Medical science has made great strides in the treatment of cancer in the last few years and while it still remains the most serious illness, survival rates are going up and it is no longer the cause for fear and despair that it was previously. The two most common forms of treatment are Radiation Therapy and Chemotherapy. While the two treatments are different, the terms are often used interchangeably so it is important for those suffering from this disease and their families and loved ones to know the difference.
Radiation therapy uses high energy waves to destroy the cancer cells in a specific part of the body. This is done using special radiation equipment that sends strong doses of focused radiation to the tumour or cancer cells. The radiation causes the tumour or cancer cells to die. This treatment does result in strong strong side effects – the radiation can also affect healthy cells. However, since normal healthy cells can repair themselves, they return to normal in a short while. In most cases it is only during the interim stage while the healthy cells are recovering that the patient may suffer from these side effects. Radiation therapy may be delivered in 2 ways – External and internal.
In the case of external radiation, a special machine is used to focus and send the radiation to the cancer affected part or parts of the body. This treatment takes just a few minutes. The frequency and duration of the therapy will be decided by the cancer specialist.
Internal radiation treatment requires a controlled radioactive source to be placed inside the body, in direct contact with the tumor. This implant will deliver a controlled continuous dose of radiation to the cancer affected areas. The size of the implant, the amount of radiation it delivers and for how long it does so will depend on the nature of the cancer. The radiation will stop after a predetermined period of time, so the implants are usually left in the body as they do no damage.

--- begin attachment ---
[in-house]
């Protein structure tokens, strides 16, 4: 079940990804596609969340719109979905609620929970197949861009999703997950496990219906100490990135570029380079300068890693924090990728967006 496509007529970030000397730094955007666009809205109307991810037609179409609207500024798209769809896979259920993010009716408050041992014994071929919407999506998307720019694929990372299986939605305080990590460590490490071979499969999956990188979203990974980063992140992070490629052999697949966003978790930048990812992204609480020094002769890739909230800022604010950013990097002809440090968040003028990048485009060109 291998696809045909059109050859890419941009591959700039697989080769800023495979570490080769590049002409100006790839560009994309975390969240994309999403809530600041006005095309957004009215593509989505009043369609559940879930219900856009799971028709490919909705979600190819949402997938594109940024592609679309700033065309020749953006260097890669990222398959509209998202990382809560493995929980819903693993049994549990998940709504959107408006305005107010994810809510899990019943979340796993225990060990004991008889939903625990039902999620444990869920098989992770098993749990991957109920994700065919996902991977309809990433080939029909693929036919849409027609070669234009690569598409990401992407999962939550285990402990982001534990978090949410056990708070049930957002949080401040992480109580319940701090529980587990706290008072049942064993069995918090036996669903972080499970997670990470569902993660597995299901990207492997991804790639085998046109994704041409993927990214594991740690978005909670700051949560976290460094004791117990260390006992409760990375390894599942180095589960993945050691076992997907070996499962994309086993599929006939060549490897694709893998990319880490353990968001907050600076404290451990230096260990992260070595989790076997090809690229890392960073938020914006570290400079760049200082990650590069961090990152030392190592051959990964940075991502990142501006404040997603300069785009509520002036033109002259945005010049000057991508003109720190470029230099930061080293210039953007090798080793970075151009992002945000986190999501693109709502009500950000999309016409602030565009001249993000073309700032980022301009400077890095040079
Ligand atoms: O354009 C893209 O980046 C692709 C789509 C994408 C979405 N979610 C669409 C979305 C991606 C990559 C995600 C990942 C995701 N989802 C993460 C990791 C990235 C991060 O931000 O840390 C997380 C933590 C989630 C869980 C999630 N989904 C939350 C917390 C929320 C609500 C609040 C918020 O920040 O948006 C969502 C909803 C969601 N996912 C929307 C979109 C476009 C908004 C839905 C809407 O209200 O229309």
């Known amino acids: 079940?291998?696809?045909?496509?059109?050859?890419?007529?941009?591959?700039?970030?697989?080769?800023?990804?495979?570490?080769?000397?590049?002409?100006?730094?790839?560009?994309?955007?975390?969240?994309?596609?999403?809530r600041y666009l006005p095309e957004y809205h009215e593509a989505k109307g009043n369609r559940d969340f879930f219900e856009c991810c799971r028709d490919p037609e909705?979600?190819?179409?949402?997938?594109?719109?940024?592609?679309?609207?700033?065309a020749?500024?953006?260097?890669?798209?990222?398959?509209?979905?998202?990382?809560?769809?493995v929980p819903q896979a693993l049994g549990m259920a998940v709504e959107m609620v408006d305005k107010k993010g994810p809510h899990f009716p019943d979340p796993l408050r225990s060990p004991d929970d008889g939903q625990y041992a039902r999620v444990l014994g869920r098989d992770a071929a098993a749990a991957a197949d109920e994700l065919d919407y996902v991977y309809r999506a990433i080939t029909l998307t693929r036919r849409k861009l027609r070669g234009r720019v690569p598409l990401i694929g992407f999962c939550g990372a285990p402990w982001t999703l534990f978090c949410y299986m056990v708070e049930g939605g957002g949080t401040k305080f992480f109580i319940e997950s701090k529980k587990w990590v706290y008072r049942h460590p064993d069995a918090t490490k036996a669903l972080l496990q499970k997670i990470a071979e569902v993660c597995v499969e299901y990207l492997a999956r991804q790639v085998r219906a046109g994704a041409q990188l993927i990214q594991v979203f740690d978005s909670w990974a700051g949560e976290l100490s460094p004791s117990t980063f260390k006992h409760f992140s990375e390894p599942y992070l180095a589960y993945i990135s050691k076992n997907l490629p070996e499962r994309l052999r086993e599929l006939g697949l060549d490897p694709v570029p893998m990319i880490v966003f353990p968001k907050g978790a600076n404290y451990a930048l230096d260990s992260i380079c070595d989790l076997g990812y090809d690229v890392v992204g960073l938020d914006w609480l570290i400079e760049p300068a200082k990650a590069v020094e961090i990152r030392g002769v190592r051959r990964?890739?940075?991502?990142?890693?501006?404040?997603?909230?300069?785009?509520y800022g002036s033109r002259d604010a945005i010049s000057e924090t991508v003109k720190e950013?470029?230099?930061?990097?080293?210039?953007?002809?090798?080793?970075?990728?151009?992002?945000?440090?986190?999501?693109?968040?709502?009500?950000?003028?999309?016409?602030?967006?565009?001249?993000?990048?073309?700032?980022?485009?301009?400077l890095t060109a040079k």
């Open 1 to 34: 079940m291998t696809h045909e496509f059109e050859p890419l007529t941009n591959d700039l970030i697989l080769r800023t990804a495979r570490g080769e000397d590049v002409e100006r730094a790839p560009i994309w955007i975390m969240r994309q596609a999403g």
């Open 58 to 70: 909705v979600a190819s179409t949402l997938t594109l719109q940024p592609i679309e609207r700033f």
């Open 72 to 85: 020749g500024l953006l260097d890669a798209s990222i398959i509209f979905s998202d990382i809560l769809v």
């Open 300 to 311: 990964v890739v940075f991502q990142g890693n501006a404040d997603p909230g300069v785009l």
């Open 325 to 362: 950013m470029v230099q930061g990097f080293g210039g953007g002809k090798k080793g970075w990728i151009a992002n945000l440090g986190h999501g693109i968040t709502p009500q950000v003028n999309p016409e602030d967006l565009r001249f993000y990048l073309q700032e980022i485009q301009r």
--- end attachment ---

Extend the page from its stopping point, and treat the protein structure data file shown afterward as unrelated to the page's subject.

Chemotherapy involves the use of drugs to treat the cancer. Unlike radiation therapy, this is not a focused treatment, but a systemic one. That means that the drugs go though the whole body to fight the cancer growth and also to prevent it from spreading to other parts of the body. The type, quantity and the combination of drugs to be used will be decided by the oncologist, depending on the severity of the condition. The drugs can be delivered, orally, by injection/drip or by direct application on the skin. Because the administering of the drugs does not require any surgery, the treatment may, if the patient’s condition permits, be done as an outpatient procedure and no hospital stay may be required.
It must be noted that like radiation therapy, chemotherapy can also have a range of side effects which will require careful monitoring by the doctors.
Radiation And Chemotherapy Together
Radiation and chemotherapy may be used together to treat some forms of cancer. The decision on this will be taken by the oncologist. Whatever the type of or combination of treatments prescribed, patients must remember that cancer is no longer incurable. Of course, the best treatment and best results will come from being treated at a hospital that specializes in cancer therapies.